Some 770,000 people worldwide have died of AIDS-related illnesses in 2018, down one-third since 2010, according to the UNAIDS annual report released on Tuesday. This figure is down compared to 2017 (800,000) and is much lower than the hecatomb recorded at the peak of the epidemic in 2004 (1.7 million), according to the UN agency dedicated to the fight against AIDS.
In addition, more than three in five HIV-positive people - 23.3 million out of 37.9 - are on antiretroviral therapy, which means they can no longer transmit the AIDS virus if they are taken correctly. This is the highest proportion ever achieved, and is about ten times higher than in the mid-2000s. The number of new infections is stable compared to previous years (1.7 million).
Some indicators are disturbing
These global figures conceal, however, strong regional disparities, UNAIDS says, according to which the fight against the disease is not progressing at a sufficient pace. Globally, the remarkable decline in the number of deaths and better access to treatment can be explained by the significant progress made in South and East Africa, the region historically most affected by AIDS. This is where more than half of the world's population affected by the virus lives.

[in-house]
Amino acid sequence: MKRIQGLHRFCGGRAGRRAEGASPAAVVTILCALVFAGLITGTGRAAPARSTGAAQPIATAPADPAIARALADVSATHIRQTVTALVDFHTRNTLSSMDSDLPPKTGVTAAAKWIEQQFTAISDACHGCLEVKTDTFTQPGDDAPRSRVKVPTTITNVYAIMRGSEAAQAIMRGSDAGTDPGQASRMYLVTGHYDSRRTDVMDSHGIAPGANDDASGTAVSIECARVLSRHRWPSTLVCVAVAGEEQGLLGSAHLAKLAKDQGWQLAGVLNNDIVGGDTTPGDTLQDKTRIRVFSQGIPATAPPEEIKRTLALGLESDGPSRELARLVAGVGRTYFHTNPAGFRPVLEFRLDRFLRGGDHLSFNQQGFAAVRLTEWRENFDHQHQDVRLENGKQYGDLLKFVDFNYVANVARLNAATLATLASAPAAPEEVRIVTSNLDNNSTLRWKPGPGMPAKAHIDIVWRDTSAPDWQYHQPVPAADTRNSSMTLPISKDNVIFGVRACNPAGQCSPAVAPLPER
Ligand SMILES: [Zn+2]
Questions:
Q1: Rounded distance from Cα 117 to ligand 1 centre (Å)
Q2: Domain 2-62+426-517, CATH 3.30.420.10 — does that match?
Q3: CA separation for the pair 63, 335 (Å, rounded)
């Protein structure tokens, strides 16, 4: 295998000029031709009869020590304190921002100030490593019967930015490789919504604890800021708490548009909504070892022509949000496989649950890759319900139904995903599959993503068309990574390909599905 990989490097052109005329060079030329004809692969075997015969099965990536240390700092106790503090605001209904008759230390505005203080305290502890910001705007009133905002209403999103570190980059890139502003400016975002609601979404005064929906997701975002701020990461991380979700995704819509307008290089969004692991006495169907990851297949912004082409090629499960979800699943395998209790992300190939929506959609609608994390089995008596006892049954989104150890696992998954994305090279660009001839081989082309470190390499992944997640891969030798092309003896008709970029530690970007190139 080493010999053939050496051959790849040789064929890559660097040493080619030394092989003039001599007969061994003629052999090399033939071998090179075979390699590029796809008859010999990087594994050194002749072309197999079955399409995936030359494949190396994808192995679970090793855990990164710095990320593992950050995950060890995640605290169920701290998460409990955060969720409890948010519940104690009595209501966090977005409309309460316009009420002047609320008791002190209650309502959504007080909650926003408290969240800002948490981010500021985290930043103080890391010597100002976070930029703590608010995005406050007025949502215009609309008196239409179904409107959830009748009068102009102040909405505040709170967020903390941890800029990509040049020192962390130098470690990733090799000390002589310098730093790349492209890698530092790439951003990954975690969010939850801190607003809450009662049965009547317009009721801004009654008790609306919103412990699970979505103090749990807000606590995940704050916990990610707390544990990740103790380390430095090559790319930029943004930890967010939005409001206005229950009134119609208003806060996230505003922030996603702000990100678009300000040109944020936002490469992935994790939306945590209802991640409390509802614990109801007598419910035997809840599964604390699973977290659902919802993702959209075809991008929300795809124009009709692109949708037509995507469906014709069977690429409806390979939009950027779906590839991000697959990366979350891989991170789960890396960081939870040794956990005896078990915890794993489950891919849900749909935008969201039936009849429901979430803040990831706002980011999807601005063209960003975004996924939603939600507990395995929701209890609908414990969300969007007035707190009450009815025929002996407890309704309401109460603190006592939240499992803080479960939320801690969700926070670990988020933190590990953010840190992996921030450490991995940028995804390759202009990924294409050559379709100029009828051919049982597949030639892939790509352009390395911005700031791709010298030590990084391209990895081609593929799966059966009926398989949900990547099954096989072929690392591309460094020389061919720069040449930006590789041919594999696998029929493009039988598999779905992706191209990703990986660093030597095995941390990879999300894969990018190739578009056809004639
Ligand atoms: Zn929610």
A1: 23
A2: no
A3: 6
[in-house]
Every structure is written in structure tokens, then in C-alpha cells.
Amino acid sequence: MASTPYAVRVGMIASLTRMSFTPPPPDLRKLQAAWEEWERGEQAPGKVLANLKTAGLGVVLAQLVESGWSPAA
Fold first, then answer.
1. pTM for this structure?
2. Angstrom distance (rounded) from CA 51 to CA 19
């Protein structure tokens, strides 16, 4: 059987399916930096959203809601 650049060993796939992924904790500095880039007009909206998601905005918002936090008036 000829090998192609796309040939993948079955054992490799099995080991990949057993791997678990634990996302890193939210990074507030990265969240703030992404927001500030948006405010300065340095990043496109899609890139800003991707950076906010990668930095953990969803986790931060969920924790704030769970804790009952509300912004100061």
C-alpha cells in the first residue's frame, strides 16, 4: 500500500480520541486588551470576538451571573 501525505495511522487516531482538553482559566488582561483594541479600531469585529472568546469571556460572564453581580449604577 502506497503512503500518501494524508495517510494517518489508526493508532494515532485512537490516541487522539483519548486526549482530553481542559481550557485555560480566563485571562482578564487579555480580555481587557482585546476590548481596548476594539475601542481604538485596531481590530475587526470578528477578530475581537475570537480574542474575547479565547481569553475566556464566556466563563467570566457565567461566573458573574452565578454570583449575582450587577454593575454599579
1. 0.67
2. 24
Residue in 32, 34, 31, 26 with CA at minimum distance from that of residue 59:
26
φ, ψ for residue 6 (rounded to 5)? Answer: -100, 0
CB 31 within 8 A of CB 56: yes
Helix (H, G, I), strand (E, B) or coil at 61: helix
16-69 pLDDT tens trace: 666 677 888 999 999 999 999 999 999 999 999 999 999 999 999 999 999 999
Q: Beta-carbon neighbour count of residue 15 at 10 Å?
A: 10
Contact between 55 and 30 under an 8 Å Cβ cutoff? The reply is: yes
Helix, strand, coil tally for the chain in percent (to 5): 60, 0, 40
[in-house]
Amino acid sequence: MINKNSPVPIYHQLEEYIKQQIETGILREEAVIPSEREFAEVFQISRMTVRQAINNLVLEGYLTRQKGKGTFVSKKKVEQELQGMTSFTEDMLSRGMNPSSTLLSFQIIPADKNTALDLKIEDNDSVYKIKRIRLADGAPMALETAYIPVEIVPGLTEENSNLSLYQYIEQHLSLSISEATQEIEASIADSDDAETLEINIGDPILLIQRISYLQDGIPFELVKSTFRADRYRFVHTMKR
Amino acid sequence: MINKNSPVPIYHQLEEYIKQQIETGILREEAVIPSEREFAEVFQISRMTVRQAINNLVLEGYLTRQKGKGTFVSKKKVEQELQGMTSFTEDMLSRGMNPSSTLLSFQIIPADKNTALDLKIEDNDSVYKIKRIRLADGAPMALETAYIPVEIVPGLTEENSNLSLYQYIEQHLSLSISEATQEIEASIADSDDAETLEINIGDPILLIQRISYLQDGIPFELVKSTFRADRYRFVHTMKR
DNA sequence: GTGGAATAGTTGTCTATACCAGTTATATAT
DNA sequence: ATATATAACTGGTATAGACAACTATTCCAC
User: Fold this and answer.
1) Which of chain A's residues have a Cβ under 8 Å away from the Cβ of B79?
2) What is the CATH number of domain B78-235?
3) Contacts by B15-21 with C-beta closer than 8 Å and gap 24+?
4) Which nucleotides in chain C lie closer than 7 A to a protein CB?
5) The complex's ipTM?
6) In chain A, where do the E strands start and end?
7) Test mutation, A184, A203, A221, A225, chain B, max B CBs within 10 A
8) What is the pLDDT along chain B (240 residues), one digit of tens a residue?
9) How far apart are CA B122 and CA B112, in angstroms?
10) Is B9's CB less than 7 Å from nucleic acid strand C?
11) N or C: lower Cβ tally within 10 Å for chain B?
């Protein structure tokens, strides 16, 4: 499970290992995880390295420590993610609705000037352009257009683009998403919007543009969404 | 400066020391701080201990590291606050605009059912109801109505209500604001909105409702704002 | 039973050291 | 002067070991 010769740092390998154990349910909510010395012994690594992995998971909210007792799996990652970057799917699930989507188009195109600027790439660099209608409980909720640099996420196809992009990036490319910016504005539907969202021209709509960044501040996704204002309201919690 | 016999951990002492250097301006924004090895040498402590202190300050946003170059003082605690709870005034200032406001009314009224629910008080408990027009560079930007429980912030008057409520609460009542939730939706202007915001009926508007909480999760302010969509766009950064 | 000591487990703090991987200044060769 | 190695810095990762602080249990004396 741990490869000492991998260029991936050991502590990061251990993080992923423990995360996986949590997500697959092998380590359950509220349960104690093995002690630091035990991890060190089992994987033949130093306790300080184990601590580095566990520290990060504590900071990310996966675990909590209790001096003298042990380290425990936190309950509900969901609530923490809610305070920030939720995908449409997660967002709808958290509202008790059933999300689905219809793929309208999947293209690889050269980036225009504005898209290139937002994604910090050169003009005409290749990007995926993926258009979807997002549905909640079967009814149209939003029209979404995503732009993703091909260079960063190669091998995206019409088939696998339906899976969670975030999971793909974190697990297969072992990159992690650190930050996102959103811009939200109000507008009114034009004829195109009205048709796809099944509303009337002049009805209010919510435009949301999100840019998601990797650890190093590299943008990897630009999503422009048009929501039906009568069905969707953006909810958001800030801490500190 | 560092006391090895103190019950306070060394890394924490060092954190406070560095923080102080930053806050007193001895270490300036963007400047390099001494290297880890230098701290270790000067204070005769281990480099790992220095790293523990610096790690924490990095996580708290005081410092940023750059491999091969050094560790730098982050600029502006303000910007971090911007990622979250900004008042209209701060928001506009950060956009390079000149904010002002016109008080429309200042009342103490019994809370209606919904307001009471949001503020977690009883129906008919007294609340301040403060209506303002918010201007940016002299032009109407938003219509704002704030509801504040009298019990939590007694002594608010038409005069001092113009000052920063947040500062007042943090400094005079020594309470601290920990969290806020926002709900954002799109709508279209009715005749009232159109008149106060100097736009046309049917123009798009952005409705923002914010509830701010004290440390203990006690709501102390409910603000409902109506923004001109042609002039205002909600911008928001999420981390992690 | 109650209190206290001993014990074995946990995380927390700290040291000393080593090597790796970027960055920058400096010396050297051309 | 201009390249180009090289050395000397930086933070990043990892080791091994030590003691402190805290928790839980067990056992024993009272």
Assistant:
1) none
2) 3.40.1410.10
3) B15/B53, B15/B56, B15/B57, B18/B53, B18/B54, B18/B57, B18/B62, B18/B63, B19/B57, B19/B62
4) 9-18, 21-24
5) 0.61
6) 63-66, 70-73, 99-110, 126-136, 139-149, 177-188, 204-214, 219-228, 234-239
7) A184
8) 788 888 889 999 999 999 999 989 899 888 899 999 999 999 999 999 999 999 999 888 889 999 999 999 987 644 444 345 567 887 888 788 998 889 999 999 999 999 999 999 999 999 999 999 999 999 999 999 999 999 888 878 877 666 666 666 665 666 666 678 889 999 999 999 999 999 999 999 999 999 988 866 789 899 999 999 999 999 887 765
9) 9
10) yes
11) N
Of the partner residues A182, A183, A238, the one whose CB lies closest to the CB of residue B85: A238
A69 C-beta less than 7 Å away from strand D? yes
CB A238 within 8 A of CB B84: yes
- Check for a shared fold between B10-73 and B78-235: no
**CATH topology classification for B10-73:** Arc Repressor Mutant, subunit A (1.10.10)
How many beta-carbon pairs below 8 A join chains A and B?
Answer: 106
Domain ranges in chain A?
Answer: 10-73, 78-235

But elsewhere in the world, some indicators are worrying. For example, in Eastern Europe and Central Asia, the number of new infections has risen by 29% since 2010. Similarly, the number of AIDS deaths has increased by 5% in these regions and 9% in the Middle East and North Africa in the last eight years.